Permitting and System Size, Inverter or Panel Output?

mstgkillrmstgkillr Registered Users, Users Awaiting Email Confirmation Posts: 9 ✭✭
I'm considering a DIY grid-connected PV install and I have been doing some research. It appears there are two tiers based on the size of the PV system, Tier One (0kW-10kW) and Tier Two (>10kW-100kW). The problem with a Tier Two system is the additional interconnect fees, paperwork, and the requirement of carrying $1,000,000 of personal injury and property damage liability insurance. After calculating my PV requirements, I could go with either tier. I'm not sure how much the additional insurance would cost but I assume it would be better to stay with a maxed out Tier One system.

Now, I know a Tier One system is rated between (0kW-10kW) but I was told that I could go with up to an 11.76kW system assuming 85% efficiency, which would bring the actual system output to 10kW.

I am strongly considering Enphase microinverters due ease of installation, unless someone suggests otherwise. My question is, how do I calculate the actual output of the system for permitting? Let's say that I'm considering 37 LG panels at 315w each and 37 S280 Enphase microinverters at 280w each... since the microinverters max out at 280w, do I base the system size on the microinverters (288w X 37 = 10,360kW) or on the panel size (315w X 37 = 11.66kW)? And can I sill use the 85% efficiency to keep the system under 10kW?    


  • mstgkillrmstgkillr Registered Users, Users Awaiting Email Confirmation Posts: 9 ✭✭
    How do you interprit this with respect to microinverters? 

    1. "Gross power rating" (“GPR”) means the manufacturer's AC nameplate generating capacity of the RGS that will be interconnected to and operate in parallel with LCEC’s distribution facilities. For inverter-based systems, the GPR shall be calculated by multiplying the total installed DC kW nameplate generating capacity by 0.85 in order to account for losses during the conversion from DC to AC. The Customer shall notify LCEC of any modifications or additions to the RGS that increase the GPR so that it exceeds ten (10) kW AC by submitting a new application for interconnection specifying the modifications at least thirty (30) days prior to making the modifications. If such modifications are approved by LCEC, a new Interconnection Agreement shall be executed by the Parties and the Customer recognizes and agrees that an increase in GPR in excess of ten (10) kW AC may impose additional requirements on the Customer.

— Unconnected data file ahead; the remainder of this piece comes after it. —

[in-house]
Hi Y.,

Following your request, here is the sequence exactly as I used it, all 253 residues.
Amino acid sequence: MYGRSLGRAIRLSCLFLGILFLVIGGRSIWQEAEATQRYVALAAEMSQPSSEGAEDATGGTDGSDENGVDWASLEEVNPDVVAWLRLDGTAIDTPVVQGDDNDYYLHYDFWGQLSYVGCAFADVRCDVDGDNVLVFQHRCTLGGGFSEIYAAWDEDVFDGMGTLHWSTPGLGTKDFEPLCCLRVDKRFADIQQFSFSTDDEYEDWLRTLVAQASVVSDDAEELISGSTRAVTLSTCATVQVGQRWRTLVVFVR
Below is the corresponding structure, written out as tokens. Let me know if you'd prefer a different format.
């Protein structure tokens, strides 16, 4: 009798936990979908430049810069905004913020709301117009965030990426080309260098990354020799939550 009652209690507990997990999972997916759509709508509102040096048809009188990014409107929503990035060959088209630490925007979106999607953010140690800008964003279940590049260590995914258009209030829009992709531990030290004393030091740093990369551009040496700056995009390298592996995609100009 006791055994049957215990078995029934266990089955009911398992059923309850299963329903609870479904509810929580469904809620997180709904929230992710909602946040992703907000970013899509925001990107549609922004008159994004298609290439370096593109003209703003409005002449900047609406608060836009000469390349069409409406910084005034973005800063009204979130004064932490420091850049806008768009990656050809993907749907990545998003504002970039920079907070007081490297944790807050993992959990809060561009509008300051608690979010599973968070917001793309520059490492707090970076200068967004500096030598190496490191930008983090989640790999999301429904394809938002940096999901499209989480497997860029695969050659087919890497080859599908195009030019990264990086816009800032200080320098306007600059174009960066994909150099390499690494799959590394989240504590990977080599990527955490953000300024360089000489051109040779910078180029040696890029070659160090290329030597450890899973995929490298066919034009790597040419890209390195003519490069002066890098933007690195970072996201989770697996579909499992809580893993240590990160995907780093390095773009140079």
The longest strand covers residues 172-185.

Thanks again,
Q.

• solar_davesolar_dave Solar Expert Posts: 2,395 ✭✭✭✭
    I would say your interpretation is correct at a max of 11.76Kw system.  Why not ask the AHJ if you met the requirements at that installed size?  
  • BB.BB. Super Moderators, Administrators Posts: 33,085 admin
    A $1 million "umbrella policy" which takes your basic liability insurance and raises the limits to $1M may cost $100 to $200 per year (guesstimate).

    All code questions are "local". You need to talk to your building department and utility to get the details.

    Have you done as much conservation as possible?

    In the longer term, in my opinion, Grid Tied systems are going to lose their subsidies and become much less "interesting" to install. A few states have already pretty much put GT installers out of business (Hawaii, Nevada). And states like California are gradually changing the rules to make it more costly to connect GT systems (higher minimum monthly bills, changing rate plans to be less solar "friendly", and such). And some smaller utilities have never allowed GT solar.

    At least with conservation, they cannot make your changes "useless" with some chances in policies and politics. Also, many times conservation can make the home more livable (quieter, less air infiltration, less heat from appliances, etc.).

    Near San Francisco California: 3.5kWatt Grid Tied Solar power system+small backup genset
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